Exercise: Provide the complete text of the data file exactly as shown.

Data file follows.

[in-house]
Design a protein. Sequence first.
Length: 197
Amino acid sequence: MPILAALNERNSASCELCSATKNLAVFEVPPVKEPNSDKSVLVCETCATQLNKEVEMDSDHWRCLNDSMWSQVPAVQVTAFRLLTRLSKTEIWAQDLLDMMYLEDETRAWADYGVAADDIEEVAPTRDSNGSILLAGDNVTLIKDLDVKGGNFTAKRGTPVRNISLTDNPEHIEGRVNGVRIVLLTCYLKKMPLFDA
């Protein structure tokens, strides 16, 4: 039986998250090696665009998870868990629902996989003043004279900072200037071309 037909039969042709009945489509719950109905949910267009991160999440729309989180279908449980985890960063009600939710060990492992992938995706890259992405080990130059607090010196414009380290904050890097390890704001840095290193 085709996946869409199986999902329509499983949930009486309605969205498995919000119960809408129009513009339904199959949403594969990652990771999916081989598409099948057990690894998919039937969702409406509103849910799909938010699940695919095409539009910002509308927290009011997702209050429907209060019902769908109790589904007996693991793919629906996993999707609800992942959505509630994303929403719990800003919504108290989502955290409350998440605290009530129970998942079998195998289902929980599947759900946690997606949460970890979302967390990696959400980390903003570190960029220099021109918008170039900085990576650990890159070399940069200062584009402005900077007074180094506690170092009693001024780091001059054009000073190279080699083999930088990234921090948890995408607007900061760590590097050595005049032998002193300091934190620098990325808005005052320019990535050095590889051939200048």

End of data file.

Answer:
[in-house]
Design a protein. Sequence first.
Length: 197
Amino acid sequence: MPILAALNERNSASCELCSATKNLAVFEVPPVKEPNSDKSVLVCETCATQLNKEVEMDSDHWRCLNDSMWSQVPAVQVTAFRLLTRLSKTEIWAQDLLDMMYLEDETRAWADYGVAADDIEEVAPTRDSNGSILLAGDNVTLIKDLDVKGGNFTAKRGTPVRNISLTDNPEHIEGRVNGVRIVLLTCYLKKMPLFDA
């Protein structure tokens, strides 16, 4: 039986998250090696665009998870868990629902996989003043004279900072200037071309 037909039969042709009945489509719950109905949910267009991160999440729309989180279908449980985890960063009600939710060990492992992938995706890259992405080990130059607090010196414009380290904050890097390890704001840095290193 085709996946869409199986999902329509499983949930009486309605969205498995919000119960809408129009513009339904199959949403594969990652990771999916081989598409099948057990690894998919039937969702409406509103849910799909938010699940695919095409539009910002509308927290009011997702209050429907209060019902769908109790589904007996693991793919629906996993999707609800992942959505509630994303929403719990800003919504108290989502955290409350998440605290009530129970998942079998195998289902929980599947759900946690997606949460970890979302967390990696959400980390903003570190960029220099021109918008170039900085990576650990890159070399940069200062584009402005900077007074180094506690170092009693001024780091001059054009000073190279080699083999930088990234921090948890995408607007900061760590590097050595005049032998002193300091934190620098990325808005005052320019990535050095590889051939200048």